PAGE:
Despite recent advances, mortality rates after allogeneic hematopoietic cell transplantation remain high and cannot be accurately predicted. During the last years several reports from the Seattle group suggest the use of comorbidity indexes (CI) to provide valid and reliable scoring of pre-transplant comorbidities that predicted non-relapse mortality (NRM) and survival [Blood 2004 (CCI), 2005 (HCT-CI) & Ann Int Med 2006 (PAM)). However whether such indexes could be applied by other groups, and if one index better predicts NRM than another, is unknown yet. Patients undergoing their first allogeneic SCT at Saint-Louis between April 2004 and December 2005 were considered. A total of 183 patients were first included in the study (median age 31, range [4–64], 41% from unrelated donors, 87% intermediate or high-risk diseases). Survival curves were estimated using Kaplan-Meier estimator, and cumulative incidence curves of NRM, treating relapse as competing event. The likelihood ratio statistics in proportional hazards models was computed for each index, with its associated P-value, as a measure of association between the comorbidity indexes collapsed into risk groups and the outcomes. Discriminative performance of comorbidity indexes was then evaluated by the c-index. Standard errors of c-indexes were computed from that of Somers’ Dxy rank correlation coefficient. P-values for comparison of c-indexes were obtained using a nonparametric bootstrap procedure. Using CCI, 21% of our patients had indexes of 1 or more; median HCT-CI was 1; and median PAM score was 24. The discriminative properties of the 3 CI were rather low in our patient population with c-index of 0.54, 0.49 and 0.57 for the CCI, HCT-CI and PAM indexes, respectively. Comparisons of patients- and transplant-characteristics between our and Seattle group’s cohorts however reveal significant differences with more cord blood HCT and HCT for Fanconi anemia in St Louis. Finally direct comparison of scoring items revealed that, unrelated HCT, renal function, and lung function (PFTs) had however similar impact on NRM and OS in our cohort. Additional analyses including patients transplanted in 2006 are underway.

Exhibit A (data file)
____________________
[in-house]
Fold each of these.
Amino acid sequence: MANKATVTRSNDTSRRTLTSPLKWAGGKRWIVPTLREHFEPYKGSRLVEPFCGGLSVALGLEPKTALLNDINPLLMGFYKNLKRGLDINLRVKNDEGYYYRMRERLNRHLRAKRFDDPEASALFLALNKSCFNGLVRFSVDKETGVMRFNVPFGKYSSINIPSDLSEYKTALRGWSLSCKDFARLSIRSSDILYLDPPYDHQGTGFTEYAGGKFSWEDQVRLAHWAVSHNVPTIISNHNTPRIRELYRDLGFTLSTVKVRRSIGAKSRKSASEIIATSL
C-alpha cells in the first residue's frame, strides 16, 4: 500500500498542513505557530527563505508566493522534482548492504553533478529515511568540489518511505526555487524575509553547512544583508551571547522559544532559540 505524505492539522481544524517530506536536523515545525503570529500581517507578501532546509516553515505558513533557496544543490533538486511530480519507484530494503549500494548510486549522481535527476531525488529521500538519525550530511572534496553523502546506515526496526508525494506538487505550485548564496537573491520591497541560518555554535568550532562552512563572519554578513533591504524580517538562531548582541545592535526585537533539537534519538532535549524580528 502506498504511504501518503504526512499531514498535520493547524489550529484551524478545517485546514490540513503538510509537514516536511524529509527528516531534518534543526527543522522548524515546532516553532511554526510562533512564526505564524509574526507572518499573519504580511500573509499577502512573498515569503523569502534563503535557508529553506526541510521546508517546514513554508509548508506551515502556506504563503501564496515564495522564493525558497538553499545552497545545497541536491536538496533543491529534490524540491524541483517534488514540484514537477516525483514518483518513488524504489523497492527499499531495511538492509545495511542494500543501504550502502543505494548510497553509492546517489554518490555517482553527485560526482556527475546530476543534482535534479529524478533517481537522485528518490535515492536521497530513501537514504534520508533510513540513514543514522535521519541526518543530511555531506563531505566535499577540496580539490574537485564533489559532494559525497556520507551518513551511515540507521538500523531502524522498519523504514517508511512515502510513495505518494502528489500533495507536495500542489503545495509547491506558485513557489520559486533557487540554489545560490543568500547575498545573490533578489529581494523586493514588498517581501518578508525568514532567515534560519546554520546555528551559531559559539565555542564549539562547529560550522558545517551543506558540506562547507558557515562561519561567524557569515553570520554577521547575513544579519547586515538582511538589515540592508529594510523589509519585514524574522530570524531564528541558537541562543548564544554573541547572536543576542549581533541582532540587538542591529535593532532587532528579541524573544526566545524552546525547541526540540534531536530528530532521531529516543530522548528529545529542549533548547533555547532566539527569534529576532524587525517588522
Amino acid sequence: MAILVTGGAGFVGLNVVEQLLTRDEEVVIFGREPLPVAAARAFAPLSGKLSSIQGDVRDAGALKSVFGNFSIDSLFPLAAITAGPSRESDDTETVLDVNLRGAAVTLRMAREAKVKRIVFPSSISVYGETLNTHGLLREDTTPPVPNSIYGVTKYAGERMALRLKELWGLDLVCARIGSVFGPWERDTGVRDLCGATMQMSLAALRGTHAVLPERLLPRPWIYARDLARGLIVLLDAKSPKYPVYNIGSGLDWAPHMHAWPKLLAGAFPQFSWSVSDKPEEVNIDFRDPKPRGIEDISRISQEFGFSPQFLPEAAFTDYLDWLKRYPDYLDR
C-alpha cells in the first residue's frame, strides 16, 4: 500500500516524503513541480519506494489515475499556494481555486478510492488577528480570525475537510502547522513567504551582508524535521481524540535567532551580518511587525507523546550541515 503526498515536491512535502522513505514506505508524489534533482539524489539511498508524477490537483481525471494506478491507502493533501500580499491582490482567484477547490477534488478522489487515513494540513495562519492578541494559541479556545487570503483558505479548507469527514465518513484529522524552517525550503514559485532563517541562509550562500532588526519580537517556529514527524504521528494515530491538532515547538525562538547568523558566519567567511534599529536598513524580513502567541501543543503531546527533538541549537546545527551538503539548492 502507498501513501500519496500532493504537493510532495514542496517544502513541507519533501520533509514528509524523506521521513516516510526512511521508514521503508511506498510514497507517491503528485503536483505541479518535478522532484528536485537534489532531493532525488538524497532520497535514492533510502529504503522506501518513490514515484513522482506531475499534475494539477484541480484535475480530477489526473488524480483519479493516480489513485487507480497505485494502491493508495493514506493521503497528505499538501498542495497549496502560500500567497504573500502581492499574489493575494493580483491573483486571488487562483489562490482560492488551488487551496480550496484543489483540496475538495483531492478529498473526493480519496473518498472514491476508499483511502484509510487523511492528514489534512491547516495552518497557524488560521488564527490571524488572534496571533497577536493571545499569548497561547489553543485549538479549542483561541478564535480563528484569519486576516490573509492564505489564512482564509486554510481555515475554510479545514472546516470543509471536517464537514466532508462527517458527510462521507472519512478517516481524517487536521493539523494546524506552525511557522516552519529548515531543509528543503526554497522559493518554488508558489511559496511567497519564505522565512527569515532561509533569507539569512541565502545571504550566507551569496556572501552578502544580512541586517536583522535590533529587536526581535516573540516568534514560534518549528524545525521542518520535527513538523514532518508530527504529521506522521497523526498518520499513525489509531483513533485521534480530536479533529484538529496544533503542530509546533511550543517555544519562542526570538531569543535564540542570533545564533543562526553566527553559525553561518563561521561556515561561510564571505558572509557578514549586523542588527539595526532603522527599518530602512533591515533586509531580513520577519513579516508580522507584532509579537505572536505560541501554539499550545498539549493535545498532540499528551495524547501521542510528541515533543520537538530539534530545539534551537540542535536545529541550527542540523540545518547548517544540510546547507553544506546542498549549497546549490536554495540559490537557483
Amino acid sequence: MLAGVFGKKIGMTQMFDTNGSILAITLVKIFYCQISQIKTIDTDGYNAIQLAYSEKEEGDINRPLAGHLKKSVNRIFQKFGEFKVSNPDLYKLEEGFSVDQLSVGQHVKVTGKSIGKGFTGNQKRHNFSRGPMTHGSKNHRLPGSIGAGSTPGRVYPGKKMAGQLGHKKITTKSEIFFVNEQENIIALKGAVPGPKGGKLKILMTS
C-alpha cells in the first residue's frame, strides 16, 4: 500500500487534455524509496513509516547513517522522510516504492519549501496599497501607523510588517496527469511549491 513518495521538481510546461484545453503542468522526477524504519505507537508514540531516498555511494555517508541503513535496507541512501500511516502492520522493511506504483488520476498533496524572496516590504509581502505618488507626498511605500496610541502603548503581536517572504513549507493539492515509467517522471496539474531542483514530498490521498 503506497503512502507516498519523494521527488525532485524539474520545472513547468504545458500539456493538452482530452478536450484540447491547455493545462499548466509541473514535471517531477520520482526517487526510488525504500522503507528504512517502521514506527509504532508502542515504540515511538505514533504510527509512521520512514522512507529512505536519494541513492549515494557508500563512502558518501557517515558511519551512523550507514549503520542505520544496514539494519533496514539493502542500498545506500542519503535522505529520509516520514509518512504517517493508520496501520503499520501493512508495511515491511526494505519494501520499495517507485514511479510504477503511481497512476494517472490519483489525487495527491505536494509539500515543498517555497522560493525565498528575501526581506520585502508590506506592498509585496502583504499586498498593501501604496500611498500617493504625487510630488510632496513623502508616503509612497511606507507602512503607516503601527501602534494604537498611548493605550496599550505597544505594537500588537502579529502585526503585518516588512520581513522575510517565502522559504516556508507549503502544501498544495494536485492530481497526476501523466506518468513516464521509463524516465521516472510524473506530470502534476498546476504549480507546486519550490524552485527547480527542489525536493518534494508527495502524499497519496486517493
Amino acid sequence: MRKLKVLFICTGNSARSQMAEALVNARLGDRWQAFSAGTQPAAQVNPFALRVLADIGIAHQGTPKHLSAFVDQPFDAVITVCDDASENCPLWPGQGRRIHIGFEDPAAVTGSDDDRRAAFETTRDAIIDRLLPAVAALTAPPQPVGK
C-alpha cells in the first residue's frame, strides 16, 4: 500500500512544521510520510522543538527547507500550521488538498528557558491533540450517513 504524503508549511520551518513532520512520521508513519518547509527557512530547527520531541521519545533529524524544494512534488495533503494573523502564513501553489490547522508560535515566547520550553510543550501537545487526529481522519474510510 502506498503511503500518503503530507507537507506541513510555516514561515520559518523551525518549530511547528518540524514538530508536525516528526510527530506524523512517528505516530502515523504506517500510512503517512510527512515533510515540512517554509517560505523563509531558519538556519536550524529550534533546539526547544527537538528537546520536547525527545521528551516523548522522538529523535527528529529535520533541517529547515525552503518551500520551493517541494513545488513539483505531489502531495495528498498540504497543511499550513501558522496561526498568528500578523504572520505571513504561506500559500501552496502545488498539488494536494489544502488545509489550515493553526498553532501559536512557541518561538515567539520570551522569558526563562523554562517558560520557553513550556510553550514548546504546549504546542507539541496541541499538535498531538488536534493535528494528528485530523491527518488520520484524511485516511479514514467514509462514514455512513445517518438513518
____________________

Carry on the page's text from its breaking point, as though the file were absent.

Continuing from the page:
Author notes

Disclosure: No relevant conflicts of interest to declare.